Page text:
Southern California gardeners are busy harvesting summer vegetables in August, but it’s also the time to start planning for a fall garden, say experts at Agromin, an Oxnard-based manufacturer of earth-friendly soil products made from organic material collected from more than 50 California communities, including just about all of Santa Barbara County.
» Pick Your Summer Vegetables: Even if you don’t have a green thumb, by giving only scant attention (but plenty of water) to zucchini, squash and tomato plants you will be rewarded with an almost continuous supply of vegetables during August. Make sure you pick vegetables regularly to stimulate more growth so the plants continue to produce through the fall.
» Plant Your Fall and Winter Vegetables: It’s too late to plant summer crops, but it is time to plant seeds or starter plants that produce cool-season vegetables such as green onions, carrots, broccoli, cabbage, cauliflower, mustard, radishes and beets. The seeds and young plants will benefit from August’s warm soil. If planting seeds in flats, put the flats in partial shade to avoid the direct August heat. Transplant the seedlings into the garden when they are about 4 inches tall.
» Water Smart: Even drought-tolerant and native plants need plenty of water in the heat of summer. Give them a good soak at least twice a week. Potted plants are especially susceptible to the ravages of heat. If they still wilt after daily watering, consider moving the pots to shade or partial shade locations until the weather cools. Water in the early morning hours to reduce evaporation and water longer so the water has a chance to travel deeper into the soil. Cover your soil with a layer of mulch to better hold in moisture.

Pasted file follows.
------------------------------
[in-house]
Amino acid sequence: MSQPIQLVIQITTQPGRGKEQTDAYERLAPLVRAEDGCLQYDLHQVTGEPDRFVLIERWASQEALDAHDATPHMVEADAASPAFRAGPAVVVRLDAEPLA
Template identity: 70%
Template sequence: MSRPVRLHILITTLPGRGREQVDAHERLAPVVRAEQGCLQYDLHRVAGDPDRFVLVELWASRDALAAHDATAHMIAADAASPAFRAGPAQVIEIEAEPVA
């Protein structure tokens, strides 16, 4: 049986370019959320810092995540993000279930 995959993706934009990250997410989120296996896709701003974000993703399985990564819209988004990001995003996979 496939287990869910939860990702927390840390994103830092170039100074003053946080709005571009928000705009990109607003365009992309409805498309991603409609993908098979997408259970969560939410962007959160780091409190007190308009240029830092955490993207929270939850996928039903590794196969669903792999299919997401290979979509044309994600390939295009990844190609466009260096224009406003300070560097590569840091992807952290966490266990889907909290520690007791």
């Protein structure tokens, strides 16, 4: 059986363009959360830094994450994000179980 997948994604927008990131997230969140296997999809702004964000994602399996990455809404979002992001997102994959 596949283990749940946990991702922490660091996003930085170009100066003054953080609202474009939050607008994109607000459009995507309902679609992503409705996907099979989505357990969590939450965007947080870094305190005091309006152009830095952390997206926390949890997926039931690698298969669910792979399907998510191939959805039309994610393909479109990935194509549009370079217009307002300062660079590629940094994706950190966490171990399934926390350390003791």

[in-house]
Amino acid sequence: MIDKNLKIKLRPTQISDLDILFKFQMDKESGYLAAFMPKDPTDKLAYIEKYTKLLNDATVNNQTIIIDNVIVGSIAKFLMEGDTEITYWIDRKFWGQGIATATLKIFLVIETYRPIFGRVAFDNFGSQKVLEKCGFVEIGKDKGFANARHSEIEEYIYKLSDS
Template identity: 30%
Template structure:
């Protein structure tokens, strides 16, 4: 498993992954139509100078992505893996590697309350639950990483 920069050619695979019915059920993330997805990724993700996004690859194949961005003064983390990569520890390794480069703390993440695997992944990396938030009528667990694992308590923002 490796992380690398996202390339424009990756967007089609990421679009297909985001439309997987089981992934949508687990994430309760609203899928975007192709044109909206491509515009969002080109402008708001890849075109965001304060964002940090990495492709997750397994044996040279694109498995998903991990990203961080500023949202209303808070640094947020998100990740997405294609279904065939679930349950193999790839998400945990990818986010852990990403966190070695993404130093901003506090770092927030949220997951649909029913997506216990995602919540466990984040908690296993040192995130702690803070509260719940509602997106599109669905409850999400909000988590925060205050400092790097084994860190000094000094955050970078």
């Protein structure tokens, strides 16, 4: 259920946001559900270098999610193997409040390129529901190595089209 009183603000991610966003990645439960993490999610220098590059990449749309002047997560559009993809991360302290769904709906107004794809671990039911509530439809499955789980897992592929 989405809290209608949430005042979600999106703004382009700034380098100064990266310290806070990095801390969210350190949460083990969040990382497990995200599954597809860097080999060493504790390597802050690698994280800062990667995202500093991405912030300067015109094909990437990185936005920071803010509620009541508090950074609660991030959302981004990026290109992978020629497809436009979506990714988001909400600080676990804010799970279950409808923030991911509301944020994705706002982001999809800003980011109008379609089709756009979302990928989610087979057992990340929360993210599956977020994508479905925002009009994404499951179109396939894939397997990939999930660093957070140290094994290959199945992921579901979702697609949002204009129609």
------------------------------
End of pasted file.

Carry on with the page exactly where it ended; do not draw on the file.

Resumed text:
» Prune Roses: Remove droopy flowers and hips. Prune roses only lightly — enough to stimulate new flower growth into the fall. Water regularly.
» Get Ready to Harvest Onions: Homegrown onions have a stronger flavor than the onions you’ll find at the store. A rule of thumb is to stop watering bulb onions when the foliage begins to dry. When most of the foliage has wilted and fallen over, bend the rest down to the ground and wait another two weeks before harvesting. Once harvested, let them sit in the sun for a day. Spread them out in a dry, non-sunny location for two more weeks. This will ensure that the outer layers are free from moisture and prevent black fungus from growing on the onions.
» Protect Fruit From Predators: Put bird netting on fruit trees two or three weeks before the fruit begins to ripen. This will keep birds from feasting on the tree fruit. Use rocks or bricks to hold down the netting so birds, rabbits or squirrels can’t accidentally get trapped inside.
» Plant For Color and Fragrance: August is a good time to plant bushes and trees that add color and fragrance to your garden just about year-round. For a dash of color, consider begonia, impatiens, oleander, Chinese hibiscus and firebush. For fragrance, plant gardenias, jasmine and lilac.
— Diane Rumbaugh is a publicist representing Agromin.